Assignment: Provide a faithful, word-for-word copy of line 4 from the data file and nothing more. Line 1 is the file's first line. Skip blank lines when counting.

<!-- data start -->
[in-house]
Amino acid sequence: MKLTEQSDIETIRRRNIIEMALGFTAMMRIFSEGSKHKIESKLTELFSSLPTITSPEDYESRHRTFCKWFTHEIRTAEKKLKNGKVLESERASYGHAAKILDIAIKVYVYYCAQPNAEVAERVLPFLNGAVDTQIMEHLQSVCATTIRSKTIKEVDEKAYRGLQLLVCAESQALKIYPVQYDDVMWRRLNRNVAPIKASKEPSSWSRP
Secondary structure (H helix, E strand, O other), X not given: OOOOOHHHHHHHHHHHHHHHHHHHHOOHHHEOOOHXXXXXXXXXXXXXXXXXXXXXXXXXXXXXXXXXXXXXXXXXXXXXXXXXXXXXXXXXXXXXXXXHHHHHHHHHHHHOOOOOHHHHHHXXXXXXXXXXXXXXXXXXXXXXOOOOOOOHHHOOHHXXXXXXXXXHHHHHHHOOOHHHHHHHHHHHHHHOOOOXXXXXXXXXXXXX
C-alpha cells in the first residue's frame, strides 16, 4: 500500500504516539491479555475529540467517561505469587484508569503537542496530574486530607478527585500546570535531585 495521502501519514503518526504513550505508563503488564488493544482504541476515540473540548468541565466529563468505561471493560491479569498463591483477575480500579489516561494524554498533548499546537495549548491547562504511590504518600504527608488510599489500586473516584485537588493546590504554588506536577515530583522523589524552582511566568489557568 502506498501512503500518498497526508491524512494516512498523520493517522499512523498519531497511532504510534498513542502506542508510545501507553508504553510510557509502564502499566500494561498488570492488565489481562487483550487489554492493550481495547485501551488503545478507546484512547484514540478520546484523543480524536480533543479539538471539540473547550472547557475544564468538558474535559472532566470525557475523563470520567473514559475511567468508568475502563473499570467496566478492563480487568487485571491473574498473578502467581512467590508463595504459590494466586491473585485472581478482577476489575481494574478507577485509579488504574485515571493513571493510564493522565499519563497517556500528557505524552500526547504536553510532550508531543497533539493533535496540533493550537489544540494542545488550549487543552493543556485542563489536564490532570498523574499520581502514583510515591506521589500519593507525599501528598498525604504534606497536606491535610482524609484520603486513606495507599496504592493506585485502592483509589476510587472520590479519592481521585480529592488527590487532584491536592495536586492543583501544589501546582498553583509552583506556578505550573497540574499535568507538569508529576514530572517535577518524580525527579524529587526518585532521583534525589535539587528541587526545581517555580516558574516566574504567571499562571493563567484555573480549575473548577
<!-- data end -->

C-alpha cells in the first residue's frame, strides 16, 4: 500500500504516539491479555475529540467517561505469587484508569503537542496530574486530607478527585500546570535531585 495521502501519514503518526504513550505508563503488564488493544482504541476515540473540548468541565466529563468505561471493560491479569498463591483477575480500579489516561494524554498533548499546537495549548491547562504511590504518600504527608488510599489500586473516584485537588493546590504554588506536577515530583522523589524552582511566568489557568 502506498501512503500518498497526508491524512494516512498523520493517522499512523498519531497511532504510534498513542502506542508510545501507553508504553510510557509502564502499566500494561498488570492488565489481562487483550487489554492493550481495547485501551488503545478507546484512547484514540478520546484523543480524536480533543479539538471539540473547550472547557475544564468538558474535559472532566470525557475523563470520567473514559475511567468508568475502563473499570467496566478492563480487568487485571491473574498473578502467581512467590508463595504459590494466586491473585485472581478482577476489575481494574478507577485509579488504574485515571493513571493510564493522565499519563497517556500528557505524552500526547504536553510532550508531543497533539493533535496540533493550537489544540494542545488550549487543552493543556485542563489536564490532570498523574499520581502514583510515591506521589500519593507525599501528598498525604504534606497536606491535610482524609484520603486513606495507599496504592493506585485502592483509589476510587472520590479519592481521585480529592488527590487532584491536592495536586492543583501544589501546582498553583509552583506556578505550573497540574499535568507538569508529576514530572517535577518524580525527579524529587526518585532521583534525589535539587528541587526545581517555580516558574516566574504567571499562571493563567484555573480549575473548577